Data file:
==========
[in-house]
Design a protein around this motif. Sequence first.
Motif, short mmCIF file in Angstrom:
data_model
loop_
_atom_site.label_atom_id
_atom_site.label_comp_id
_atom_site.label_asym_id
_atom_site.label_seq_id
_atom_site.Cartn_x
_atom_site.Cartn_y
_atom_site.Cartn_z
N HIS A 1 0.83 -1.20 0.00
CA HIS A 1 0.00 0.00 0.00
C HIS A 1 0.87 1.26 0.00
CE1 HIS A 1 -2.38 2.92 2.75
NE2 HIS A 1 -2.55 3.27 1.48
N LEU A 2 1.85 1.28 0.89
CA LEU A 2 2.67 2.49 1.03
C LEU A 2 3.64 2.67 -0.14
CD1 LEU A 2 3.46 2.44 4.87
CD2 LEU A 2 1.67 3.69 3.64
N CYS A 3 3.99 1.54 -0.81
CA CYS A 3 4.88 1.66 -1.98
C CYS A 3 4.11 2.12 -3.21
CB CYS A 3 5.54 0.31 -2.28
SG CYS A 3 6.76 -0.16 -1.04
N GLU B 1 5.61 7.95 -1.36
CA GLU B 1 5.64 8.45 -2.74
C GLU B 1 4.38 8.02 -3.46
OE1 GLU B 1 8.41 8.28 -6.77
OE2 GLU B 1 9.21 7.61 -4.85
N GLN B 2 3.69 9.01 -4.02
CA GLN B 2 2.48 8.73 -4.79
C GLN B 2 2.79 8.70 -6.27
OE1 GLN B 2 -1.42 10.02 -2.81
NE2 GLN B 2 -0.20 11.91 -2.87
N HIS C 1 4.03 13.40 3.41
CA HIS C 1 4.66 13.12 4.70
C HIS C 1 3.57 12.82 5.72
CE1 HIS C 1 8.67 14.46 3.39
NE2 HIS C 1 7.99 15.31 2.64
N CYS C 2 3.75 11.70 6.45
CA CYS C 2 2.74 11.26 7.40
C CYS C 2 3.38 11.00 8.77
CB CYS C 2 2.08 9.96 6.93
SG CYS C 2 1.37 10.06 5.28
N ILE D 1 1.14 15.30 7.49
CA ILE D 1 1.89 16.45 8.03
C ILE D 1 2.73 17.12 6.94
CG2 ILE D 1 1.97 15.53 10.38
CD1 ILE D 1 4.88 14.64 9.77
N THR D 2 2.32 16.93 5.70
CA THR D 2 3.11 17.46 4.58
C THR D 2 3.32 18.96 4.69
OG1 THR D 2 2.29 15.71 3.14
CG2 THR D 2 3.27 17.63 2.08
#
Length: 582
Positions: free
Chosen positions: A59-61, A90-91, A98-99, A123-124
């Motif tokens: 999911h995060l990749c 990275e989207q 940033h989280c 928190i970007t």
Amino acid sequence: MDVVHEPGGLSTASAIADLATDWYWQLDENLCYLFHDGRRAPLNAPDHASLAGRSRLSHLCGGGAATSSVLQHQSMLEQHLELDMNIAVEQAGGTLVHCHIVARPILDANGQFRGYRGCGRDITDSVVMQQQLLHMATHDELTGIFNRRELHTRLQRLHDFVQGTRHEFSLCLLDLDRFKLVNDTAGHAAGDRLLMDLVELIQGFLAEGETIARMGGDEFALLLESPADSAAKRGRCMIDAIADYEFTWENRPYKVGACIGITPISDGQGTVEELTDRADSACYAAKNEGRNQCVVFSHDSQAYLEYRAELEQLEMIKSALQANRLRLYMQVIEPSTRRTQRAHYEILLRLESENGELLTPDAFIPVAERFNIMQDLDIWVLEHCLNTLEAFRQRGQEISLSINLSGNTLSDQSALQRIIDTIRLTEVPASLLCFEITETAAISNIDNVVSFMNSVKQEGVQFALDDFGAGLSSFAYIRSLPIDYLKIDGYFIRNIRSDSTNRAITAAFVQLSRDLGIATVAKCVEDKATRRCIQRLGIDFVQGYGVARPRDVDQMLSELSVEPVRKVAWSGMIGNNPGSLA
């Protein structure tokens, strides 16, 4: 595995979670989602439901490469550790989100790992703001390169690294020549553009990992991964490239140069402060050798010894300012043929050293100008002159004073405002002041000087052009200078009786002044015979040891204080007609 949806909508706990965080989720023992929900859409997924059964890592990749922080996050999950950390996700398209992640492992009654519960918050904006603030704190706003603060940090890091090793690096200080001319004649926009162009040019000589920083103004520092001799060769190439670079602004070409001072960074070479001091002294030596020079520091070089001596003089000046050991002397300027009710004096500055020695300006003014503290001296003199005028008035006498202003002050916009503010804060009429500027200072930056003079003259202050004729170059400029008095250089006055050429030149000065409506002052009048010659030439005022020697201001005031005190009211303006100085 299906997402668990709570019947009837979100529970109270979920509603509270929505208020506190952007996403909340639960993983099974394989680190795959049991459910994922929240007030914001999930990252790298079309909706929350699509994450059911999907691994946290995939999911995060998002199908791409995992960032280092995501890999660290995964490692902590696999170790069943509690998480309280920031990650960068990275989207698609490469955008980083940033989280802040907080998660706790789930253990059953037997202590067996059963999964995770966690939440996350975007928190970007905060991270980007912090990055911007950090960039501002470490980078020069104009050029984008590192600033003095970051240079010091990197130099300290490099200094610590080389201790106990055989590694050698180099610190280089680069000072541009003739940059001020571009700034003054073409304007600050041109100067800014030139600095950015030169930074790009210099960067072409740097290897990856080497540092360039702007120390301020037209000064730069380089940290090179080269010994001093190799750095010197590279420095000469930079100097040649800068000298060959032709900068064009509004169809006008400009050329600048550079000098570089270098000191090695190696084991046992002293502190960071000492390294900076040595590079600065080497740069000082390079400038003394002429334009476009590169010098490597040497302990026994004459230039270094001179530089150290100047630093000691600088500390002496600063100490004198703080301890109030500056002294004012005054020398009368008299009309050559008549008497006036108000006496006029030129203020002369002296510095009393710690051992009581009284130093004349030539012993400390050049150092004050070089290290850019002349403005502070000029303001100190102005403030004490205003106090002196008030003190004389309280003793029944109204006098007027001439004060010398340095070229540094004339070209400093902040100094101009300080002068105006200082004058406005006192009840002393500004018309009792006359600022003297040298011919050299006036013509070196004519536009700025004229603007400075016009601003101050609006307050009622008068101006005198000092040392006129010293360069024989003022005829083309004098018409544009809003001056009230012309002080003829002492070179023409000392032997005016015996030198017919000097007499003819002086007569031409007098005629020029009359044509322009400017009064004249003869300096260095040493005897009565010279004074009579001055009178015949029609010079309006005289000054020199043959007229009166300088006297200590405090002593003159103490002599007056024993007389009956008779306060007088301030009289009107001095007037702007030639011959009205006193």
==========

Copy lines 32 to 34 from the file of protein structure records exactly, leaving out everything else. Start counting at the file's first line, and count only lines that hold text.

OE2 GLU B 1 9.21 7.61 -4.85
N GLN B 2 3.69 9.01 -4.02
CA GLN B 2 2.48 8.73 -4.79